“My students started seeing all this neat stuff,” Wong says. “They’d tell me, ‘Yeah, sometimes they just pop wheelies and stand up.’”

What the students saw were rod-shaped P. aeruginosa bacteria standing up on end and then staggering around the slide. The unsteady walks required the use of hairlike appendages called Type IV pili, the scientists found. Without pili, bacteria just lie there. But with pili, P. aeruginosa bacteria “have the ability to both be a sprinter and a long distance runner,” says George O’Toole, a microbiologist at Dartmouth Medical School in Hanover, N.H.

The stringy appendages were already known to be needed for twitching motility, a type of locomotion in which pili at one end of a bacterium pull the cell across the surface. “When the bacteria are lying down flat it’s almost like front wheel drive,” Wong says. Crawling bacteria move in relatively straight lines over fairly long distances — an average of six micrometers by Wong’s measurements — possibly enabling the microbes to move toward chemical attractants.

Walking bacteria stand on splayed pili. Tugging on one of the pili sends the cell lurching in that direction. As each pilus gets tugged the bacterium staggers and stumbles, moving randomly across the surface. Walking bacteria covered more ground and moved faster than their crawling counterparts, the researchers found. Such behavior could enable microbes to explore the local environment quickly.

As it turns out, walking is a common activity for bacteria. After a cell divided in two, about 67 percent of the time one of the newborn cells would get up and walk away from its sibling, the researchers observed.

Interactions with the surface are important for forming biofilms. Bacteria need to attach to the surface and release if conditions aren’t favorable. “And it really seems like standing upright is a key transitional step,” O’Toole says.

In the new study, Wong and his colleagues watched as P. aeruginosa bacteria used their pili as launch platforms. A bacterium first rises up on its end and then spins itself around, powered by a molecular motor that drives a whiplike swimming apparatus called a flagellum. Pili adjust the angle at which the cell is tilted. Finally, the microbe builds up momentum and shoots off the surface.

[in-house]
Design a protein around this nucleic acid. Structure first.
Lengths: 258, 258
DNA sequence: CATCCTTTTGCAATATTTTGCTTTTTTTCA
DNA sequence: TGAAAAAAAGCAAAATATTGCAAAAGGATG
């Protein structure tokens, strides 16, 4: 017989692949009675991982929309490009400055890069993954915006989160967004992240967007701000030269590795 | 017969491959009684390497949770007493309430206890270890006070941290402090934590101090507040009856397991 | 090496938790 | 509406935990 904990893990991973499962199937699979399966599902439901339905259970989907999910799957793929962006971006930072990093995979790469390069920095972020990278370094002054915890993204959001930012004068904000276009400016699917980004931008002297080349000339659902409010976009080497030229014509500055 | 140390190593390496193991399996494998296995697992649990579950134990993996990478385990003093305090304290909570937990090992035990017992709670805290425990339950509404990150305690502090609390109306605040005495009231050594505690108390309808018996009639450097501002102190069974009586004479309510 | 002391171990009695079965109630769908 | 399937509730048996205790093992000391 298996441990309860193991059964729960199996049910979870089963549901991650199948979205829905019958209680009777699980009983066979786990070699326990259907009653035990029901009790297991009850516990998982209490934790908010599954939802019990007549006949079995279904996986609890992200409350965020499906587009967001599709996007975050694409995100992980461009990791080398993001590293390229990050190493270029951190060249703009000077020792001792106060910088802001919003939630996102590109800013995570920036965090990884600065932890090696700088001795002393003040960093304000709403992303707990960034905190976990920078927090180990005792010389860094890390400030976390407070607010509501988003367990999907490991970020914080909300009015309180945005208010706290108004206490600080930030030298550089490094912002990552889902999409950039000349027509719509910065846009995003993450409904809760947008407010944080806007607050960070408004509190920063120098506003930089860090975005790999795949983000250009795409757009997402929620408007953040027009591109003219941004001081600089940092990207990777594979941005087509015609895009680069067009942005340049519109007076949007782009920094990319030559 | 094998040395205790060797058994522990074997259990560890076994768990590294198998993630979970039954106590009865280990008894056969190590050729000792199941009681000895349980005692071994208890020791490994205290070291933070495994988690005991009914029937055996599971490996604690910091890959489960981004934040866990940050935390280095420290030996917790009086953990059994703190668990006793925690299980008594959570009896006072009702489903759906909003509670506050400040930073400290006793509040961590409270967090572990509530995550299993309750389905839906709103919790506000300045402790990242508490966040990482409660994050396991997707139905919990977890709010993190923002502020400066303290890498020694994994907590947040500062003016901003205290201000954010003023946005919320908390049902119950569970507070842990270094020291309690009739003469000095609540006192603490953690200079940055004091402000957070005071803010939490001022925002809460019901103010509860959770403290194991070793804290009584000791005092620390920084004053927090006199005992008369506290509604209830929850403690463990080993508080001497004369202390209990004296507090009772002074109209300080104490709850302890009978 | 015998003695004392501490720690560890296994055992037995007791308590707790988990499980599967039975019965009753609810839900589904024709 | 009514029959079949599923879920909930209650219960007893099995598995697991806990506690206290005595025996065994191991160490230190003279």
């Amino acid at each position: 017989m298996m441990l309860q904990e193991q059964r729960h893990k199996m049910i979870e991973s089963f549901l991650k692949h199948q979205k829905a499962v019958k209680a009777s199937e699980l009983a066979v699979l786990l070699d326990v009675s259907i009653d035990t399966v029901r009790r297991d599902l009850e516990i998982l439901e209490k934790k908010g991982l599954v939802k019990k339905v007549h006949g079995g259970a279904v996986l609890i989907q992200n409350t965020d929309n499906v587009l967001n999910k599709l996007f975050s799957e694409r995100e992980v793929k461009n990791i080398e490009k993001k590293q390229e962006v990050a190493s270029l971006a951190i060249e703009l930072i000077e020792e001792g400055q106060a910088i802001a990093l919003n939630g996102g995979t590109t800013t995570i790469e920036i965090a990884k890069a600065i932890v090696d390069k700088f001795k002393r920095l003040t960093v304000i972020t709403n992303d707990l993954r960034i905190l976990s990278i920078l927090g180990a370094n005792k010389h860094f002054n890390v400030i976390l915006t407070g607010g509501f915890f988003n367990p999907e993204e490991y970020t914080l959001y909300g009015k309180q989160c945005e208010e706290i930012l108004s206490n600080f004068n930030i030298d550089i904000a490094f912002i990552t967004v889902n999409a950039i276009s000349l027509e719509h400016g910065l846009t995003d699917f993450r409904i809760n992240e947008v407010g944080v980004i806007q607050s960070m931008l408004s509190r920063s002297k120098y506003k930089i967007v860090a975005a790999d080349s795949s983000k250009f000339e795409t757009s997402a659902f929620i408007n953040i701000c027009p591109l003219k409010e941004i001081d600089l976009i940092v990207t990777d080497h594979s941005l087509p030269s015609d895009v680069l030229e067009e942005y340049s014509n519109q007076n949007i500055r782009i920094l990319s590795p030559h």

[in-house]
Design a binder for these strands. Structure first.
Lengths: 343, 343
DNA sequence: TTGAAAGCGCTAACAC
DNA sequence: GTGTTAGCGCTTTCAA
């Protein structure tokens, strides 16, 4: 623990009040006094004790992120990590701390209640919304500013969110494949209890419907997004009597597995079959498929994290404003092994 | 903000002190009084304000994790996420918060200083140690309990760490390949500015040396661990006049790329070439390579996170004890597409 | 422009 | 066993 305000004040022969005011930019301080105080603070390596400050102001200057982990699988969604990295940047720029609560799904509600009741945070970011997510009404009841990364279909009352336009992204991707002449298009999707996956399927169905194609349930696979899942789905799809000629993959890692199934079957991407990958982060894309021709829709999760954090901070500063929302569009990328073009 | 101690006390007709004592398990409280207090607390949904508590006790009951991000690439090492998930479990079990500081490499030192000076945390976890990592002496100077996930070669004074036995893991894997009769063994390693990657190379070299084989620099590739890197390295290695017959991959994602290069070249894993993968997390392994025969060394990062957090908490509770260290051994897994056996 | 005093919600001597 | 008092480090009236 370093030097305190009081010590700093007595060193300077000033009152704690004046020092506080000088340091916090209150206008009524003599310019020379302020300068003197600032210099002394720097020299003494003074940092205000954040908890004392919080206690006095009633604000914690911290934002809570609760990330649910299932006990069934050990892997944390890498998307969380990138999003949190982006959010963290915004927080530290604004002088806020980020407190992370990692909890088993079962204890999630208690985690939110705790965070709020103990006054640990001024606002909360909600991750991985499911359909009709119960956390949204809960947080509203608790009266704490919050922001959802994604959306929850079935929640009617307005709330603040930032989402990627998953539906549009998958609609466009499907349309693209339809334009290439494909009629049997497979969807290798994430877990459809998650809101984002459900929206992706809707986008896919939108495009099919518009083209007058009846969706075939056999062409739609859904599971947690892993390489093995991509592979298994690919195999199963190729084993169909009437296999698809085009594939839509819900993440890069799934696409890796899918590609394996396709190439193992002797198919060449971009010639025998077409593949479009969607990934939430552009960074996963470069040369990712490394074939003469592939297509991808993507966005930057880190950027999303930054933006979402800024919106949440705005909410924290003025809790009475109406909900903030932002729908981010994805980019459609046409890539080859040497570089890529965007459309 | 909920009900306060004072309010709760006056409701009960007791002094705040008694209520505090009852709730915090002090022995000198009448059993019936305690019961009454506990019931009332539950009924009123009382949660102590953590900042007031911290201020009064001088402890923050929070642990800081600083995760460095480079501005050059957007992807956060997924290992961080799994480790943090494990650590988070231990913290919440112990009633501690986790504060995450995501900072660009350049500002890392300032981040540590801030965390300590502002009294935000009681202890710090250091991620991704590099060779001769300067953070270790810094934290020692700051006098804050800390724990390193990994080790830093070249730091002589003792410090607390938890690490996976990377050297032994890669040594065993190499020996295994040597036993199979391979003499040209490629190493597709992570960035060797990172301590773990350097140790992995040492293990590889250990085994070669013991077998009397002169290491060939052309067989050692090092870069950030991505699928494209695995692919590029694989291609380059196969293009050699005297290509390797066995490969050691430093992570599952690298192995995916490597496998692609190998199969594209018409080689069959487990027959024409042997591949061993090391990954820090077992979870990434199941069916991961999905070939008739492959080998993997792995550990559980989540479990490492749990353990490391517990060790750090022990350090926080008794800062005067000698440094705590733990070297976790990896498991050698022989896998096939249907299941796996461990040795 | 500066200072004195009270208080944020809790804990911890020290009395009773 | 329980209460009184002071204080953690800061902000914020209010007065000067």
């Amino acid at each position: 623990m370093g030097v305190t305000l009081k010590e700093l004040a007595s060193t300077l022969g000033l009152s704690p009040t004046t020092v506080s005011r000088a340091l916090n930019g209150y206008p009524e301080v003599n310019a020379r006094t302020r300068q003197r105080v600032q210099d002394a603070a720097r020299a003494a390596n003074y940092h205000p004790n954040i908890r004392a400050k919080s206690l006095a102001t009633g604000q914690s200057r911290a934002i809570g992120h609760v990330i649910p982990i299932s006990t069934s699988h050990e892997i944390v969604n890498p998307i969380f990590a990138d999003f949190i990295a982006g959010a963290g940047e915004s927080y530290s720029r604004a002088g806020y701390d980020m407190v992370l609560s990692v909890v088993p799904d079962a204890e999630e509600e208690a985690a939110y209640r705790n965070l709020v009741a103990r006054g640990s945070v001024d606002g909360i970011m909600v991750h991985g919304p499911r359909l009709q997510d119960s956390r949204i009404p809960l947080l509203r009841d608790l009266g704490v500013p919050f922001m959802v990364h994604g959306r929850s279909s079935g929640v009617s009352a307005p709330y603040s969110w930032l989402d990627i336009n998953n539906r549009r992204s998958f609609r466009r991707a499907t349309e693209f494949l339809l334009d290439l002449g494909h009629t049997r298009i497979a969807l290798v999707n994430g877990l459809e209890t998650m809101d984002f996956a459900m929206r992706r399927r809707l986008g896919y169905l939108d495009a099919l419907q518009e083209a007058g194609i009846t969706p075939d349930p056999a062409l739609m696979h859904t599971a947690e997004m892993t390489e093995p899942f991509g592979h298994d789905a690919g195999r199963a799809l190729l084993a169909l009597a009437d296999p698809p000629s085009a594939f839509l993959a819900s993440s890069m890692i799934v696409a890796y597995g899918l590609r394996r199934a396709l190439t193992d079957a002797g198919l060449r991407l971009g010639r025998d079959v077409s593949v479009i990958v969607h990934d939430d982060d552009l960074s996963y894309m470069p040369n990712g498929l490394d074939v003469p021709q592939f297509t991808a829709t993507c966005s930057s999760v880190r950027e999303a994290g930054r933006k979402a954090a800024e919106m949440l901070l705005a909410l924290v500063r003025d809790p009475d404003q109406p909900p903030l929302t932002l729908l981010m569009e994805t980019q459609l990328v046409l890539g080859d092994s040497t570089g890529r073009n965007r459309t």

“They don’t just fly off a surface,” Wong says. “There’s a whole coordinated series of pirouettes.”Blocking bacteria’s ability to stand up may prevent biofilms from forming on medical implants and other surfaces, O’Toole says.

Standing up means bacteria can move in three dimensions, not just on flat surfaces, says John Kirby, a microbiologist at the University of Iowa in Iowa City. “That’s a real eye-opener,” he says. “It’s like the Earth was flat, but now it’s not flat anymore.”

See video:
PRECOCIOUS WALKER from Science News on Vimeo.
A newborn bacterial cell stands up and walks away from its sister cell.Credit: Courtesy of Gerard Wong, UCLA Bioengineering, CNSI

Easy Nash

In Shia Islam, intellect is a key component of faith. Intellect allows us to understand the creation of God: Aga Khan IV(2008)
The Qur'an itself repeatedly recommends Muslims to become better educated in order better to understand God's creation: Aga Khan IV(2007)
The Quran tells us that signs of Allah's Sovereignty are found in the contemplation of His Creation: Aga Khan IV(2007)
This notion of the capacity of the human intellect to understand and to admire the creation of Allah will bring you happiness in your everyday lives: Aga Khan IV(2007)
Islam, eminently logical, placing the greatest emphasis on knowledge, purports to understand God's creation: Aga Khan IV(2006)
The Holy Qu'ran's encouragement to study nature and the physical world around us gave the original impetus to scientific enquiry among Muslims: Aga Khan IV(1985)
The first and only thing created by God was the Intellect(Aql): Prophet Muhammad(circa 632CE)